Issue 35, Final Fringe

The Damned Eleven

by Jim Meirose Issue 24 11.29.2010

Builder came in the battered door, sat down in his rickety wooden folding chair, and opened the black and grey covered book titled THE STARS. He turned the pages slowly and carefully as though they would fall out if turned too roughly. Words came up from the book into his eyes.

—as a light bulb can be seen from all sides—

How true, thought Builder. Shifting in his seat causing loud cracking noises to come from the chair legs, he took off his cap, laid it on the table and continued turning the pages of the black and grey book.

At the Bury St. Edmunds’ Manor House Museum, renaissance clocks made in Augsburg Bavaria are prized. Nothing like them was made anywhere else. The mirrored room fills with ticking and gonging and no one in the room has trouble telling the correct time, unless they’re too young to tell time, of course, or too old to remember.

Jenkins chews at the inside of his cheek, closes one eye and screws up his mouth, then stoops down low and throws the dice. They bounce back from the painted wall of the tool shed and rattle across the dirt.

Seven! he exclaims. Wow! Seven on the first throw!

The large-faced Other pushes away from the tree he’s been leaning on and points to the dice with a long-nailed grimy finger. His lank hair hangs down on the sides.

Oh, seven’s easy to get, it’s the one most likely to come up with any roll of the dice, says The Other. There are six different ways to roll a seven—the most ways of any number.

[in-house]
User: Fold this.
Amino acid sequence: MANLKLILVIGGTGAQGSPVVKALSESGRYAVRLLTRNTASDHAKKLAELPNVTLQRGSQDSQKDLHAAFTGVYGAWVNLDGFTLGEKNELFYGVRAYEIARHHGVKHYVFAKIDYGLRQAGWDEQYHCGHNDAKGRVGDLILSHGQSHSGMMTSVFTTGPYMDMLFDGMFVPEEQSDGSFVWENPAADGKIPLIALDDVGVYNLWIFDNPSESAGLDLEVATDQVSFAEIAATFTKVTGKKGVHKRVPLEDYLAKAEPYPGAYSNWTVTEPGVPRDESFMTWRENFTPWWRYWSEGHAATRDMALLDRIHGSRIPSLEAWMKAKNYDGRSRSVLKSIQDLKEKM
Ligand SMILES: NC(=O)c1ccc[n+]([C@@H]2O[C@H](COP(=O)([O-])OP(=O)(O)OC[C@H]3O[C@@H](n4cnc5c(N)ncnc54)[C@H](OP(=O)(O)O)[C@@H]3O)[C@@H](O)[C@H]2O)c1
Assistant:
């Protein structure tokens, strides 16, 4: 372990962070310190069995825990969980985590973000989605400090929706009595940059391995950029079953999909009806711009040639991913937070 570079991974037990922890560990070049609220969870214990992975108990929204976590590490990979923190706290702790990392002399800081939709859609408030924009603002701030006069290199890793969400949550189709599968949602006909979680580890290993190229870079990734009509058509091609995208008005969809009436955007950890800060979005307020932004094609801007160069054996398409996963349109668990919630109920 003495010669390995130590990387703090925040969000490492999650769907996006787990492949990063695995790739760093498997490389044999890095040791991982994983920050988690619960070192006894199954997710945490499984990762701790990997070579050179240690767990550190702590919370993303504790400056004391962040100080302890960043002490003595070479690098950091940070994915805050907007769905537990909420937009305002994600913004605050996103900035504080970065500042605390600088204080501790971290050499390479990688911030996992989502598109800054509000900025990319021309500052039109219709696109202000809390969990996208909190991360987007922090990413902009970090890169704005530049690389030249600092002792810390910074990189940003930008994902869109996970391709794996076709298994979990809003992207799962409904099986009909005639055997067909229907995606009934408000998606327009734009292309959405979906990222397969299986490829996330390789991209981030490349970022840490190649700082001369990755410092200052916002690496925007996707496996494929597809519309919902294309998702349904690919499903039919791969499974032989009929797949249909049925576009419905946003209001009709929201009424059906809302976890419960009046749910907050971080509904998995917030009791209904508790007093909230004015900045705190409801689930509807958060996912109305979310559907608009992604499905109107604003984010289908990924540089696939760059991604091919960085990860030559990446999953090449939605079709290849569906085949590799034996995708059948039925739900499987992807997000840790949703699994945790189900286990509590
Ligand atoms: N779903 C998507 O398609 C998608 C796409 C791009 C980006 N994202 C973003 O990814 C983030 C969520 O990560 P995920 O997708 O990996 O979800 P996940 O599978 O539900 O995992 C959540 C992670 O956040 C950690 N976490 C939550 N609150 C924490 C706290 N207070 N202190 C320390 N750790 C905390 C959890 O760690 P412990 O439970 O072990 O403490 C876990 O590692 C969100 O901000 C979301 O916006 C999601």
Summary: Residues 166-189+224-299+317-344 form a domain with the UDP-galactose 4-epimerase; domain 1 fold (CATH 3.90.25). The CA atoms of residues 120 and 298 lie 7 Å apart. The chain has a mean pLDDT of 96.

Scowling, Jenkins bends down and retrieves the dice. He shakes them in his broad fist, ready to roll again.

We’ll see, he says. He spits into the dirt at the feet of The Other. The Other’s shoes are brown and badly scuffed.

Bright-eyed Dale came into the room where Builder sat and he sat down at the other end of the brown table, his chair legs also creaking as though about to snap. Without looking up Builder turned a page of the book. Dale placed his hands on the table and watched as Builder continued to read.

—fainter stars have become visible through telescopes— Builder leaned back in his chair with the book held before his eyes. Dale licked his upper lip. He doesn’t seem to notice me, doesn’t he even notice me—

continue: 1 2 3 4 5 6 7 8 9 10 11 12

Jim Meirose

Read More

Jim Meirose’s work has appeared or is forthcoming in many leading literary magazines including Alaska Quarterly Review, South Carolina Review, New Orleans Review, and others. One of his stories which appeared in OASIS was short-listed for the 1997 O Henry Awards. His work has also been nominated for the Pushcart Prize.